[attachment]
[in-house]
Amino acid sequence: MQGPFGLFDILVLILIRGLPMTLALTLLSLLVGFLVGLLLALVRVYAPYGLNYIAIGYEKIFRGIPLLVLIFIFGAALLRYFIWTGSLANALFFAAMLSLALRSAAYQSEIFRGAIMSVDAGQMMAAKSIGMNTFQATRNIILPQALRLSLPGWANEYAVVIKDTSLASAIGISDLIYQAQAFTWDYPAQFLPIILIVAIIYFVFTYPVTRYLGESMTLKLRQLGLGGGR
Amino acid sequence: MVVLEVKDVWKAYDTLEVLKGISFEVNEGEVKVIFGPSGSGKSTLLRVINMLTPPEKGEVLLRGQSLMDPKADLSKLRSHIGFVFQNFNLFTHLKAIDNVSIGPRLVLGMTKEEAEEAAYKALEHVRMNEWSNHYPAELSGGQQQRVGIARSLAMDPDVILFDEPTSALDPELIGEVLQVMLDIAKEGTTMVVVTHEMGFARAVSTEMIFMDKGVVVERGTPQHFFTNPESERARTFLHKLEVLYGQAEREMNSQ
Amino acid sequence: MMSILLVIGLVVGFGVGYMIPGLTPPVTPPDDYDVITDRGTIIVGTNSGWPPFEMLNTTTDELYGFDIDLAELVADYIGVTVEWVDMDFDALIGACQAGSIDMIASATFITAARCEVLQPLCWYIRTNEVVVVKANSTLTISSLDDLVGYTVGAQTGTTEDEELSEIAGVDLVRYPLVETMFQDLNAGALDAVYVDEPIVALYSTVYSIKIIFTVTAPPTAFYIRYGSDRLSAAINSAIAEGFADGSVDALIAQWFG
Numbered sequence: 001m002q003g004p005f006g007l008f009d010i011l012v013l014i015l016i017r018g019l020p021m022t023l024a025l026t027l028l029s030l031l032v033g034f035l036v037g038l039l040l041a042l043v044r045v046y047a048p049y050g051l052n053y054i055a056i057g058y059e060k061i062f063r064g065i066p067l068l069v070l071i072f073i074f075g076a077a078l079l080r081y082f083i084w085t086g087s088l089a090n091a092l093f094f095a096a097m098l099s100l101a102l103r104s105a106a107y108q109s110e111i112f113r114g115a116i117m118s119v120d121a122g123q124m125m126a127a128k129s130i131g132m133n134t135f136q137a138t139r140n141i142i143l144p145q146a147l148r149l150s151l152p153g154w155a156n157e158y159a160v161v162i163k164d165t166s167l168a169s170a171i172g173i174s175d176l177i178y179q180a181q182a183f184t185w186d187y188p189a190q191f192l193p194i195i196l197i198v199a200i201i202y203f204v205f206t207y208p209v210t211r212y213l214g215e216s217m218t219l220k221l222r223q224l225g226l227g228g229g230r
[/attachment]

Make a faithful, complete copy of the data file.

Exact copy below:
[in-house]
Amino acid sequence: MQGPFGLFDILVLILIRGLPMTLALTLLSLLVGFLVGLLLALVRVYAPYGLNYIAIGYEKIFRGIPLLVLIFIFGAALLRYFIWTGSLANALFFAAMLSLALRSAAYQSEIFRGAIMSVDAGQMMAAKSIGMNTFQATRNIILPQALRLSLPGWANEYAVVIKDTSLASAIGISDLIYQAQAFTWDYPAQFLPIILIVAIIYFVFTYPVTRYLGESMTLKLRQLGLGGGR
Amino acid sequence: MVVLEVKDVWKAYDTLEVLKGISFEVNEGEVKVIFGPSGSGKSTLLRVINMLTPPEKGEVLLRGQSLMDPKADLSKLRSHIGFVFQNFNLFTHLKAIDNVSIGPRLVLGMTKEEAEEAAYKALEHVRMNEWSNHYPAELSGGQQQRVGIARSLAMDPDVILFDEPTSALDPELIGEVLQVMLDIAKEGTTMVVVTHEMGFARAVSTEMIFMDKGVVVERGTPQHFFTNPESERARTFLHKLEVLYGQAEREMNSQ
Amino acid sequence: MMSILLVIGLVVGFGVGYMIPGLTPPVTPPDDYDVITDRGTIIVGTNSGWPPFEMLNTTTDELYGFDIDLAELVADYIGVTVEWVDMDFDALIGACQAGSIDMIASATFITAARCEVLQPLCWYIRTNEVVVVKANSTLTISSLDDLVGYTVGAQTGTTEDEELSEIAGVDLVRYPLVETMFQDLNAGALDAVYVDEPIVALYSTVYSIKIIFTVTAPPTAFYIRYGSDRLSAAINSAIAEGFADGSVDALIAQWFG
Numbered sequence: 001m002q003g004p005f006g007l008f009d010i011l012v013l014i015l016i017r018g019l020p021m022t023l024a025l026t027l028l029s030l031l032v033g034f035l036v037g038l039l040l041a042l043v044r045v046y047a048p049y050g051l052n053y054i055a056i057g058y059e060k061i062f063r064g065i066p067l068l069v070l071i072f073i074f075g076a077a078l079l080r081y082f083i084w085t086g087s088l089a090n091a092l093f094f095a096a097m098l099s100l101a102l103r104s105a106a107y108q109s110e111i112f113r114g115a116i117m118s119v120d121a122g123q124m125m126a127a128k129s130i131g132m133n134t135f136q137a138t139r140n141i142i143l144p145q146a147l148r149l150s151l152p153g154w155a156n157e158y159a160v161v162i163k164d165t166s167l168a169s170a171i172g173i174s175d176l177i178y179q180a181q182a183f184t185w186d187y188p189a190q191f192l193p194i195i196l197i198v199a200i201i202y203f204v205f206t207y208p209v210t211r212y213l214g215e216s217m218t219l220k221l222r223q224l225g226l227g228g229g230r